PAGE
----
Chinese Garden Design

 

Classical Chinese garden design took 3,000 years to evolve. Vast gardens, such as those of Emperors and the nobility, were built to impress. As in Japanese garden design, a garden was a miniaturized, idealized landscape meant to express harmony between nature and man.

 

A typical Chinese garden is enclosed by walls, and landscaping includes one or more ponds, rock outcrops, trees and flowers, and an assortment of halls and pavilions within the garden, connected by winding paths and covered, zig-zag, galleries.

 

By moving from structure to structure, visitors can view a series of carefully composed vignettes, like a film of slow motion landscape watercolours.
 

DesignMyGarden's design with Chinese and Japanese influences for a Toronto client.

See our garden design with Chinese and Japanese influences for a Toronto client

The Yu (Yuyuan) Garden in Shanghai, China, dates to 1559. It sits on 2 hectares (5 acres) of land and is divided into 6 areas.

The Yu (Yuyuan) Garden in Shanghai, China, dates to 1559. It sits on 2 hectares (5 acres) of land and is divided into 6 areas.  CREDIT: Brandon Fick

A tree peony, a symbol of opulence, is the most prized flower in Chinese garden design.

The most prized flower in a Chinese garden is the tree peony, a symbol of opulence.

Aerial view of the Suzhou Gardens in Jiangsu province, China, showing the number of pavilions in a classical Chinese garden.

Aerial view of the Suzhou Gardens in Jiangsu province, China, showing the number of pavilions in a classical Chinese garden.

 

Key elements of Chinese garden design:

 

Architecture - Chinese gardens are filled with architecture: halls, pavilions, temples, galleries, bridges, kiosks, and towers occupy a large part of the space.  

In fact, classical Chinese garden design calls for six specific types of structures:  1) the ceremony hall (ting or tang); 2) the principal pavilion (dating), for the reception of guests, for banquets and for celebrating holidays, such as New Year’s and the Festival of Lanterns; 3) the pavilion of flowers (huating); 4) the pavilion facing the four directions (simian ting); 5) the lotus pavilion (hehua ting); and 6) the pavilion of mandarin ducks (yuanyang ting).

 

Bridges are also a popular feature in Chinese garden design, allowing visitors to admire fish in ponds and to go from one pavilion to another.

Galleries, narrow covered corridors which connect the buildings and protect the visitors from the rain and sun, also help divide the garden landscaping into different sections. Typically, galleries serpentine or zigzag through the garden offering different vistas.

 

Windows and doors are important architectural features of the Chinese garden. They frame important vistas in the garden, like a prized tree. Windows and doors can be round (moon windows or moon gates) or oval, hexagonal or octagonal.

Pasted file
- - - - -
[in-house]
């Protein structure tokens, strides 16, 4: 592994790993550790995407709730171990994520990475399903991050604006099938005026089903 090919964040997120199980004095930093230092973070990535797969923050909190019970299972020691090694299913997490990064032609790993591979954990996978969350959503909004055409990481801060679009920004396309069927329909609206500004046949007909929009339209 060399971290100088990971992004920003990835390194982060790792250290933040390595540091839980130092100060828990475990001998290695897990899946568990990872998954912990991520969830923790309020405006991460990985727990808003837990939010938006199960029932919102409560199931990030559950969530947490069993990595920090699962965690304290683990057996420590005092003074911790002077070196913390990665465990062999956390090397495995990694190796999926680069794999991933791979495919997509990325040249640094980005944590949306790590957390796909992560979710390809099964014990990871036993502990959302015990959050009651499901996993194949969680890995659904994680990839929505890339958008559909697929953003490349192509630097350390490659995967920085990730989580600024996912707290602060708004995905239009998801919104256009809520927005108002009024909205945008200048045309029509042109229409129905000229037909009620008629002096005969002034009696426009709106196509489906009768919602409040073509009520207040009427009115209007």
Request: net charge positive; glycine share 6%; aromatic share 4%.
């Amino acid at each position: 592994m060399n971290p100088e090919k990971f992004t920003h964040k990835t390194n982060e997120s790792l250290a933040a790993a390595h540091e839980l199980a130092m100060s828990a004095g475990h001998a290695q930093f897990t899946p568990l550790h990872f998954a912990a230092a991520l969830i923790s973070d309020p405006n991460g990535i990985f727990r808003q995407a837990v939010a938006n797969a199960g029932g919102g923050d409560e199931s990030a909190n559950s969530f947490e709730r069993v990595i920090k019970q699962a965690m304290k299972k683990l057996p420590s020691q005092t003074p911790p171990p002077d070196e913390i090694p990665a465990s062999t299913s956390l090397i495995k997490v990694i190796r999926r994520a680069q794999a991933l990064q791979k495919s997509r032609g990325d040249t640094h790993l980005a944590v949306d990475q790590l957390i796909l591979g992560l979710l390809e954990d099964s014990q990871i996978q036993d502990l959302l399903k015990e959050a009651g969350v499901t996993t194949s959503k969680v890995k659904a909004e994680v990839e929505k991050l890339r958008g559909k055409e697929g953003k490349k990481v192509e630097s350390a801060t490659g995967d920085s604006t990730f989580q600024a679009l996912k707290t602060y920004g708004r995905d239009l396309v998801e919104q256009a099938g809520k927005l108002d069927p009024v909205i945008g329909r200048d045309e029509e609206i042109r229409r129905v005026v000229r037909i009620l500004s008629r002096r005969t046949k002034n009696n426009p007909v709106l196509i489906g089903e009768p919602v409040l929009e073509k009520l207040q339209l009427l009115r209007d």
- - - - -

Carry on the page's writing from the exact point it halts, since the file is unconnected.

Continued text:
Controlled vistas – Like a Japanese garden, landscaping in a Chinese garden is meant to be seen through a series of controlled vistas. It is not meant to be seen all at once.

 

Symbolism – There is an entire iconography for Chinese plants in landscaping, where each tree and flower has its own meaning. The pine tree represents longevity, tenacity and constancy in friendship. Bamboo represents a wise, modest man seeking knowledge. The flowering plum represents rebirth of Spring after Winter. The peach tree represents long life and immortality; the pear, wisdom and justice. The pomegranate tree symbolizes fertility. The most prized flower in a Chinese garden is the peony, a symbol of opulence.

 

A moon gate frames a prized bonsai pine at the Yu Garden, Suzhou, China CREDIT: Gisling

The moon gate frames an old bonsai pine at the Suzhou Garden in Jiangsu province, China. CREDIT: Gilsig

Yuan Ye, or The Craft of Gardens, was written by Ji Cheng between 1631 and 1634. This is quite possibly the first garden design manual in the Chinese tradition. He emphasized that a successful garden was based on nature and features of the landscape. Certain passages were very poetic. 

Totally unlike western garden manuals, it gave no advice on how to grow anything and never mentioned any plant by name. It did prescribe which types of buildings and architectural styles as well as what kinds of rocks were suitable, indeed, should be found in a Chinese garden. Yuan Ye was in fact an arbiter of garden design taste: what architectural elements were elegant and which were vulgar. 

The book fell into obscurity for 300 years because the preface of the book was written by Ji Cheng's patron who got caught up in political machinations during the Ming Dynasty. Everything the patron wrote was scrubbed from history by his enemies. 

 

Then, the book was rediscovered by Japanese scholars and reprinted in China in 1931. 

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